During my recent trip to West Virginia for King Day, I was asked to speak to a couple of classes at the Greenbrier Episcopal School, where Greg Wittkamper and Anne Gardner’s daughter, Sallie, is in the eighth grade. A number of the students have aspirations to write or tell stories in some other media, and they wanted to hear from someone who has made a living out of banging verbs and nouns together.
Frankly, I don’t know how they could even understand me on that frigid January morning. I had a cough and the stirrings of a head cold, and my voice was so low and croaky that I could have sung bass for a gospel quartet. But I soldiered on, and Greg and I told them about the story behind “The Class of ’65” (his tale, mostly) and how it became a book (my tale, mostly).
At one point, Greg asked me to tell everyone about the volunteer editor who changed one of the chapter titles. That would be Sallie, his youngest daughter, who was part of our audience. Sallie must have been all of 13 when she read the manuscript, which details the trials her father went through in Americus, Ga., as he grew up at Koinonia, the embattled Christian farming commune, and braved constant abuse at Americus High School during its desegregation. The shortest chapter of the book concerns the day when a large pack of Greg’s classmates confronted him after school and one of them punched him in the face. My unimaginative title for the chapter? “The Fight.” Sallie read it and suggested an alternative: “Still Standing.” Her title was more accurate, more intriguing and better in every way. I changed the name of Chapter 8 without hesitation. Thank you, Sallie.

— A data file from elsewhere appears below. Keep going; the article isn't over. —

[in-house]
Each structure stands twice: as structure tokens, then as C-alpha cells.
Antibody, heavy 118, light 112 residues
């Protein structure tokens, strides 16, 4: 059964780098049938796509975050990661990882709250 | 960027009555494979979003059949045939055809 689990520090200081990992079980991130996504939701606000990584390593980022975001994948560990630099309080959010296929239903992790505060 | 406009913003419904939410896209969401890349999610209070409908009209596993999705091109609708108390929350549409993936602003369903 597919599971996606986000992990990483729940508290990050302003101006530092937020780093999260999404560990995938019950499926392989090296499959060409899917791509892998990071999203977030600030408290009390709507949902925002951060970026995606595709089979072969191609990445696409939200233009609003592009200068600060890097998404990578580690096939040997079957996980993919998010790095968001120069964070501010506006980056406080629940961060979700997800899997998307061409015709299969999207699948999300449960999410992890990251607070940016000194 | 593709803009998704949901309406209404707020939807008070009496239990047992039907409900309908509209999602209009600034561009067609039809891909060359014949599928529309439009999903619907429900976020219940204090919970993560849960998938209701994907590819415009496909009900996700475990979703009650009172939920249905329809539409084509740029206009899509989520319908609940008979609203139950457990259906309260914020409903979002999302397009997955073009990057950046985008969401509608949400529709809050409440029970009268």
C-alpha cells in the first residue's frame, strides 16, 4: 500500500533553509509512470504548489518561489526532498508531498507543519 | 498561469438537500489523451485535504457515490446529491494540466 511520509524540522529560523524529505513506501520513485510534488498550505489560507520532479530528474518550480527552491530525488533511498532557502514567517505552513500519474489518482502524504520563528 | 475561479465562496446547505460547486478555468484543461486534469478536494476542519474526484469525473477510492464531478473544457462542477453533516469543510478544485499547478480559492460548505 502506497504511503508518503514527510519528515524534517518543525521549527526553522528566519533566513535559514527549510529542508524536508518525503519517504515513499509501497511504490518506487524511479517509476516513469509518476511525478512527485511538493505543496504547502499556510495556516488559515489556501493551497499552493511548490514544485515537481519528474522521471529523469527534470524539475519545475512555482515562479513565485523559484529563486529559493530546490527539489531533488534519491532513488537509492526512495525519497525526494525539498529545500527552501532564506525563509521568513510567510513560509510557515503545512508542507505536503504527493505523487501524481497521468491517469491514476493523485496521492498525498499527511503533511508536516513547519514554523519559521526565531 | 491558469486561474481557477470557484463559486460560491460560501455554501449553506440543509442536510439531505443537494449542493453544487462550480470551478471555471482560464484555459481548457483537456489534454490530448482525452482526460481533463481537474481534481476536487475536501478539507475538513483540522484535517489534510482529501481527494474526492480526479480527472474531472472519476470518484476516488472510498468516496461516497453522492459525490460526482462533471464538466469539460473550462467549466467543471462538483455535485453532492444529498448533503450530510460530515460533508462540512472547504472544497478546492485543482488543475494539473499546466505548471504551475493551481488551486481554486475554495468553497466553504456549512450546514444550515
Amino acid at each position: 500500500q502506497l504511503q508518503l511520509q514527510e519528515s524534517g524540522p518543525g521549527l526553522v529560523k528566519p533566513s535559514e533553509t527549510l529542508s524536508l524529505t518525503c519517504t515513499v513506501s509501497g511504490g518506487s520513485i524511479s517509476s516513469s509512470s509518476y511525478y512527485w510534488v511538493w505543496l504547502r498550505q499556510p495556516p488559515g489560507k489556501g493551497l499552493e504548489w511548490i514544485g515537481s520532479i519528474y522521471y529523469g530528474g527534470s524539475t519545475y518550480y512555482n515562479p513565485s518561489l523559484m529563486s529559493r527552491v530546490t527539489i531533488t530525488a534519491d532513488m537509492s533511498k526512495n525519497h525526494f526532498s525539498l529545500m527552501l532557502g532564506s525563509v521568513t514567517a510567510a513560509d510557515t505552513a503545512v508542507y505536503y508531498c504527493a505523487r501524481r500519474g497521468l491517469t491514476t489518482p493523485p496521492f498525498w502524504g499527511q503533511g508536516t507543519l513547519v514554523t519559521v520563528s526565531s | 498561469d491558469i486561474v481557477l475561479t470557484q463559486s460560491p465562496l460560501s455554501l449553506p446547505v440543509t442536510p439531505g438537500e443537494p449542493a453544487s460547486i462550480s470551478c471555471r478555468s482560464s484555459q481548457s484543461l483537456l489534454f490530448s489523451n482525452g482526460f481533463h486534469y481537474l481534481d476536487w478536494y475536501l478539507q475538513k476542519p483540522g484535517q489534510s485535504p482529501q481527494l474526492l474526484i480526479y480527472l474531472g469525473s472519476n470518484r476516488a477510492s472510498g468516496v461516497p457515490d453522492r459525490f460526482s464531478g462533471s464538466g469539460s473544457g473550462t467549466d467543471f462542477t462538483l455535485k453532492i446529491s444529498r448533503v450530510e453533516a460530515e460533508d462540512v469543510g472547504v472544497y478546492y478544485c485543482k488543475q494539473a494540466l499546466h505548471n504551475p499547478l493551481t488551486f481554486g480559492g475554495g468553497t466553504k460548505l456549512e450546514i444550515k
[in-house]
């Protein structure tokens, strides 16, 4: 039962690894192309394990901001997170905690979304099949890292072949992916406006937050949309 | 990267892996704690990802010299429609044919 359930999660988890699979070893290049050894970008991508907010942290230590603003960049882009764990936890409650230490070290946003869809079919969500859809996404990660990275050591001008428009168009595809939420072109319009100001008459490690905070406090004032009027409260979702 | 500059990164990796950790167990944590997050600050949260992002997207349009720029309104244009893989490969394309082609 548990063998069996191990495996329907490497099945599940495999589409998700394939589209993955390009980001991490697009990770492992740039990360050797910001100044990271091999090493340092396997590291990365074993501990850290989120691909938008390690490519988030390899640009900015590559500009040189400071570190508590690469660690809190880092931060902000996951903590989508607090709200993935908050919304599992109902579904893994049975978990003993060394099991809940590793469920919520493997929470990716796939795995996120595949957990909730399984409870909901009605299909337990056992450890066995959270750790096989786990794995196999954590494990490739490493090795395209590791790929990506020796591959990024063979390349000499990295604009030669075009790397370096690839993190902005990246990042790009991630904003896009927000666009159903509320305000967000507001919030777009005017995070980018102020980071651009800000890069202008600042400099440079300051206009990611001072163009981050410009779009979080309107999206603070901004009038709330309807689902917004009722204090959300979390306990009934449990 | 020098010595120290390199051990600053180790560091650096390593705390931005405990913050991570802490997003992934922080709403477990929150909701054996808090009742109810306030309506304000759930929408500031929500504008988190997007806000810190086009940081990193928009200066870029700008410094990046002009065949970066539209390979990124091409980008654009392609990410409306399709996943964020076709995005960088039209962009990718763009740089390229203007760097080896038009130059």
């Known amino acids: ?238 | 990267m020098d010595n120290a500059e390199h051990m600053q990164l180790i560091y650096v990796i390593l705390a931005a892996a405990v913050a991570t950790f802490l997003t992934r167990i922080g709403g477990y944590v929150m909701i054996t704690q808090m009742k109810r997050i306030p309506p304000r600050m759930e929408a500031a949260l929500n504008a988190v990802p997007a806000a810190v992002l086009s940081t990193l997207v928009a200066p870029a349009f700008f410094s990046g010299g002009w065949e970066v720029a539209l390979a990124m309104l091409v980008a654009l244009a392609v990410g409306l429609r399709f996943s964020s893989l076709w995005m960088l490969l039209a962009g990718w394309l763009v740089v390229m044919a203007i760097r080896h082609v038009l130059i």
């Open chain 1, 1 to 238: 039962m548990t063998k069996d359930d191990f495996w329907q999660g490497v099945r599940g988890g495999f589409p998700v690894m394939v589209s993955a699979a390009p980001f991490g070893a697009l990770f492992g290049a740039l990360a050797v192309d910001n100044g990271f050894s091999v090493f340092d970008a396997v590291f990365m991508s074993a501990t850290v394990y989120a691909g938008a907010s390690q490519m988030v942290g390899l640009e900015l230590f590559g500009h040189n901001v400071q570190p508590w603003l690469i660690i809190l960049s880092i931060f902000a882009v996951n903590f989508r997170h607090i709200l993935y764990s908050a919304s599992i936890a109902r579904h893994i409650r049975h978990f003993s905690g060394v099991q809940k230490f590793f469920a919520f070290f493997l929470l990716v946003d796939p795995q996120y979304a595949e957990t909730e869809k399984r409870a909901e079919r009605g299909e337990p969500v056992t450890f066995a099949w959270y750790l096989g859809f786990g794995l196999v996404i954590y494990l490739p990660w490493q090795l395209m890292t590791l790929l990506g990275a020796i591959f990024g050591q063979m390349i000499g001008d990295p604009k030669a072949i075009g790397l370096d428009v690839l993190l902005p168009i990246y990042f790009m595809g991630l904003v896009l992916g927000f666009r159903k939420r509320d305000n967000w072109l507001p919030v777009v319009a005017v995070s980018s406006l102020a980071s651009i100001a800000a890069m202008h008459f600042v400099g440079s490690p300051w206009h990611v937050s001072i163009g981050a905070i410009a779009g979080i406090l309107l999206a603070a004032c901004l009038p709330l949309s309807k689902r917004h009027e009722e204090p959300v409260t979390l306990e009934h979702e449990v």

I was impressed that these students sincerely wanted to hear what it takes to tell a story in book form. I hope they were inspired by the knowledge that one of their own had an impact on “The Class of ’65.”
Thank you to Birch Graves and Carrie Bailey, the teachers who invited Greg and me to speak to their classes, and to all the students who listened to us and then, as we were leaving, came up and hugged us one by one. Well, all except for the boy who gave me a fist bump. I understand: A dude’s gotta be cool.